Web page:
Stone and Geological Collections
Many of the most famous landmarks and elements of the world’s cultural heritage are made of stone. Buildings, monuments and statues including the pyramids and Sphinx in Egypt, the temple city of Angkor Wat, the Taj Mahal, the statue of David and even the Sydney Opera House exemplify the significance of structures made from stone. While many of these structures have existed for millennia they will continue to deteriorate unless maintained and protected from various elements of decay.
Rocks are essentially aggregates of different minerals. Some rocks, such as limestone and quartzite, are composed of only one mineral, calcite and quartz respectively. Once cut and dressed, a rock is then referred to as a stone. Rocks are classified into three major groups:
- sedimentary; and
The distribution of rocks in the first 16 kilometres of the earth's crust is about 95 % igneous, 4 % clay rocks, 0.75 % sandstone and 0.25 % limestone. Of the rocks outcropping on the earth's surface (including the underwater surface) 5 % are igneous rocks, 4 % are metamorphic and 75 % are sedimentary with the rest being covered by ice.
Igneous rocks are formed as magma cools. They are either glassy such as obsidian and pumice (frothy glass), or crystalline such as granite, porphyry and dolerite. Igneous rocks are primarily silica (35 – 80 %) with smaller amounts of alumina (up to 25 %), potash, soda, lime, magnesia and iron oxides also present.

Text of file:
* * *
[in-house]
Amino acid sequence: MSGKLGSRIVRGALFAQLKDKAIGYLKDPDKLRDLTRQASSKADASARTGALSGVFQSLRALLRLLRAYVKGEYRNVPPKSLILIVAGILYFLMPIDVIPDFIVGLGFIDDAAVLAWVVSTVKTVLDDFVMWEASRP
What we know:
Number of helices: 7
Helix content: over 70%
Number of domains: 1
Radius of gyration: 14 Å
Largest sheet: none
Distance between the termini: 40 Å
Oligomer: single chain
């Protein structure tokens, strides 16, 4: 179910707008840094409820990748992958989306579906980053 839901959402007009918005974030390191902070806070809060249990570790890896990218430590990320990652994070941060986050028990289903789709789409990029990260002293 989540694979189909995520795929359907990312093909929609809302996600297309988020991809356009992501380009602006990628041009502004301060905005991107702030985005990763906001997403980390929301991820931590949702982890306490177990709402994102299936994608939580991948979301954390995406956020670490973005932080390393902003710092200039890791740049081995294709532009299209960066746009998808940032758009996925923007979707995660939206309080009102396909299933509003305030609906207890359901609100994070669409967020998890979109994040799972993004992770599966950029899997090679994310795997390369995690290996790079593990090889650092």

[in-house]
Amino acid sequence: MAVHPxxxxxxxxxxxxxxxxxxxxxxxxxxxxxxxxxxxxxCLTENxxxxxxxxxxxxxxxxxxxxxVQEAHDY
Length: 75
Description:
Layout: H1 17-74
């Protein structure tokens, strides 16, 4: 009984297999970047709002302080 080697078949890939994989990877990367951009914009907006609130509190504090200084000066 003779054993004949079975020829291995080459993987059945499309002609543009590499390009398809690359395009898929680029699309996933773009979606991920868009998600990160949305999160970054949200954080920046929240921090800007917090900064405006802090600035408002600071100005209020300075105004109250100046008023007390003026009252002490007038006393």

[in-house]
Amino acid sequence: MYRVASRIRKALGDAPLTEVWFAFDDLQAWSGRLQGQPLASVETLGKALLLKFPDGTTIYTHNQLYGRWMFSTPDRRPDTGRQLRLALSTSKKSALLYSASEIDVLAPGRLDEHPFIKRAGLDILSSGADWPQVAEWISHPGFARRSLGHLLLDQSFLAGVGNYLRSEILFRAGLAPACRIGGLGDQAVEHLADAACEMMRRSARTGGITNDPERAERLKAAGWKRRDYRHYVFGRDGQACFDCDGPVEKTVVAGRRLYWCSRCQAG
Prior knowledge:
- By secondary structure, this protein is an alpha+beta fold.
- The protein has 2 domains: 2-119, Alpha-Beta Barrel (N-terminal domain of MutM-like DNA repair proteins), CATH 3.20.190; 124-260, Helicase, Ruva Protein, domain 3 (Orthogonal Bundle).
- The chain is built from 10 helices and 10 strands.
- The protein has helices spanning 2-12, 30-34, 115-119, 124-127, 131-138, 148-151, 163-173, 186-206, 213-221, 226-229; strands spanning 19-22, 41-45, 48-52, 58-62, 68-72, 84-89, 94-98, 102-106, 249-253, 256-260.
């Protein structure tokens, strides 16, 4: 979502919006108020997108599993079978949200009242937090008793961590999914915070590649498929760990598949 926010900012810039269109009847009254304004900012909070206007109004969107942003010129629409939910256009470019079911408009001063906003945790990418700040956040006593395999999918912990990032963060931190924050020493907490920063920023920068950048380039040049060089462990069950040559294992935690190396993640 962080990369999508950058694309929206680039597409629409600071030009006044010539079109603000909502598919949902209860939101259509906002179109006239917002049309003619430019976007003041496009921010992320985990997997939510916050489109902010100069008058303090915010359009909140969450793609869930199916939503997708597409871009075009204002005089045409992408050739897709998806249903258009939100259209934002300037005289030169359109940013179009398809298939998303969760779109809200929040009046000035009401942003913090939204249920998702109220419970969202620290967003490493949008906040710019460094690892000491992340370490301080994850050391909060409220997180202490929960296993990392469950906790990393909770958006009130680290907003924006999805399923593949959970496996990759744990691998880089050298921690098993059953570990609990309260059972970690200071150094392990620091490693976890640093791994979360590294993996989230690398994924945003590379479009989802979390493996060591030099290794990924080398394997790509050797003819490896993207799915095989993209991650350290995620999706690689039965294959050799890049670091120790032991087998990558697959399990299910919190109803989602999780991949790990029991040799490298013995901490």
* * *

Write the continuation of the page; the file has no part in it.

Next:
Sedimentary rocks are formed following cycles of weathering, sedimentation and lithification. Transportation of the sediments is followed by settling and then lithification (transformation into rock). All rock types (igneous, sedimentary and metamorphic) are subject to weathering. Sedimentary rocks are generally stratified, fine grained and heterogeneous. They may contain pebbles, sand, clay, shells, mineral grains and fragments of older rocks.
Sandstone is formed from sand particles cemented by secondary silica or calcite. Shale is formed from clay minerals plus mica and quartz. Limestones, which represent 25 to 35 % of all sedimentary rocks, are formed from either the precipitation of fine calcite (CaCO3) or from the build-up of fossilised shells. Soapstone is formed by the weathering products of talc (steatite) while alabaster is an aggregate of gypsum formed by chemical sedimentation.
Metamorphic rocks are formed when existing rocks are transformed by intense pressure, stress or heat. Their mineral components are recrystallised in the solid state, without melting or solution. All rock types, igneous, sedimentary and metamorphic, may undergo metamorphosis. For example as a result of metamorphic processes, granite is transformed to gneiss, sandstone to quartzite, limestone to marble and shale to slate.